The P20 Lite comes with 64GB of storage with 50.56GB as usable. This is not bad and would still satisfy users with plenty of files to store. USB OTG is present, and as mentioned earlier, there’s no dedicated microSD card slot so you will need to sacrifice the secondary SIM slot if you want to expand the storage.

Performance and Benchmarks

Powering the P20 Lite is a HiSilicon Kirin 659 octa-core processor, Mali-T830 GPU, and 4GB RAM. If that configuration is familiar, that is because it’s the same hardware that is found in last year’s Huawei Nova 2i or Mate 10 Lite. I wouldn’t be surprised since the P20 and P20 Pro used the chipset from last year’s Mate 10 and Mate 10 Pro. This can be an advantage as well as the company can keep its cost down.

So far, performance is smooth and can handle the tasks we threw at it. Apps launch fast and switching between those apps is quick. The fingerprint scanner and face unlock feature are responsive and can unlock our devices almost instantaneously.

In terms of gaming, it can easily handle MOBA games like Mobile Legends and AoV. Tekken and PUBG (medium graphics) are playable as well but don’t expect smooth gameplay especially in intense scenes. When it comes to thermals, it tends to warm up on the top side near the camera which is enough to make your palm sweaty. Check out the benchmarks below:

* AnTuTu v7 – 87,639
* Geekbench – 925 (Single-Core), 3,675 (Multi-Core), 3,089 (RenderScript)
* PC Mark – 4,808 (Work 2.0), 4,847 (Work 1.0)
* 3D Mark – 223 (SSE – OpenGL ES 3.1), 369 (SSE – Vulkan)
* AndroBench – 304.74 MB/s (Read), 148.57 MB/s (Write)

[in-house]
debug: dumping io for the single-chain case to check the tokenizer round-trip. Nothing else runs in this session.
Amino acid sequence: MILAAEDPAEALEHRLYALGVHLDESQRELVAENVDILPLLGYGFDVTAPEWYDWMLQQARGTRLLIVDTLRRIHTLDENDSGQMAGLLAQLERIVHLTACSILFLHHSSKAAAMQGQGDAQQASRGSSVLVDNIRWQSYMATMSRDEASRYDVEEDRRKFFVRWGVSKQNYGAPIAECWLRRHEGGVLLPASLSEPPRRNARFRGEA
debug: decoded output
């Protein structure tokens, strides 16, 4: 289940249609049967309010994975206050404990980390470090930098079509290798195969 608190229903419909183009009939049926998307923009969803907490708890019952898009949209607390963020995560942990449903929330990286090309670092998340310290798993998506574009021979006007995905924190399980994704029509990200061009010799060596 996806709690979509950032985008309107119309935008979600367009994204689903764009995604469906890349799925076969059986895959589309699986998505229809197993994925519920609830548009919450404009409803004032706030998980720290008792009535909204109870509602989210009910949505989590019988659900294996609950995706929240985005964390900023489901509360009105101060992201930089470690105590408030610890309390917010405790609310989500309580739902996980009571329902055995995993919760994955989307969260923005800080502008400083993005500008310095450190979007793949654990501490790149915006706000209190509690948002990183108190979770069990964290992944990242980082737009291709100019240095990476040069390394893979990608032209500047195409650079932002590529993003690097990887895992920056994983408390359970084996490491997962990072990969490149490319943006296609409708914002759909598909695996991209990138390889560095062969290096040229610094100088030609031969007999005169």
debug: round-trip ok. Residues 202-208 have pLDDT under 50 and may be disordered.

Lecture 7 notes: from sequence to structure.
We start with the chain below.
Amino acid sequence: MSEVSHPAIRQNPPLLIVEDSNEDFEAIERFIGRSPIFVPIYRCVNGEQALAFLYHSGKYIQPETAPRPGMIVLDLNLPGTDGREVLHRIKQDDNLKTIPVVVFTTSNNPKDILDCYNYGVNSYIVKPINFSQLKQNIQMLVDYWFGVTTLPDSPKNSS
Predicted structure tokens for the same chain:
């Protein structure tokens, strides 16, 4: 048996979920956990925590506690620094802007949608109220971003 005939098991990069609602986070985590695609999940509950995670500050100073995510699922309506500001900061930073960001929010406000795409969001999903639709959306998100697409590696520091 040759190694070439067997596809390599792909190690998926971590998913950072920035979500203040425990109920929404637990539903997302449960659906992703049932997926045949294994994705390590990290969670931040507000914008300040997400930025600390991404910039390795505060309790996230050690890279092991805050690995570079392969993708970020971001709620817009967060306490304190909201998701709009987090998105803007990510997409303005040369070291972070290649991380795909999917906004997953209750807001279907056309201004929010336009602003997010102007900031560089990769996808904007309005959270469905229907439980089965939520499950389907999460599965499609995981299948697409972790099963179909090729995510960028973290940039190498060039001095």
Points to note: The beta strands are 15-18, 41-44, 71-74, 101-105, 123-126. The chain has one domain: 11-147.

Connectivity and Battery Life

The P20 Lite has 4G, WiFi, Bluetooth, and GPS – the basic stuff. So far, mobile data is fast, calls are loud and clear, while GPS works as advertised with apps like Google Maps, Waze, and Grab. What we find weird on our unit is the presence of the NFC logo at the notifications even though our unit doesn’t have it. This could be just an isolated software bug as other units we checked doesn’t have that.

The P20 Lite is equipped with a 3,000mAh battery which is lower than Nova 2i. So far we’re getting around 7 to 8 hours of light to moderate usage consisting of heavy Facebook and Instagram browsing, some photography, and light gaming. PC Mark rated the battery at 8 hours and 29 minutes, while our video loop test yielded 10 hours and 30 minutes of playback which is not bad. Charging, on the other hand, takes 2 and a half hours.

Conclusion

The Huawei P20 Lite is like the mix of the old and the new. It has the same Kirin 659 chipset, RAM, and storage capacity as the Nova 2i, but with a new design and premium build. It has a good, high-resolution display which is perfect for watching movies and viewing photos. If you like taking photos, the dual rear cameras and selfie camera are up to the task.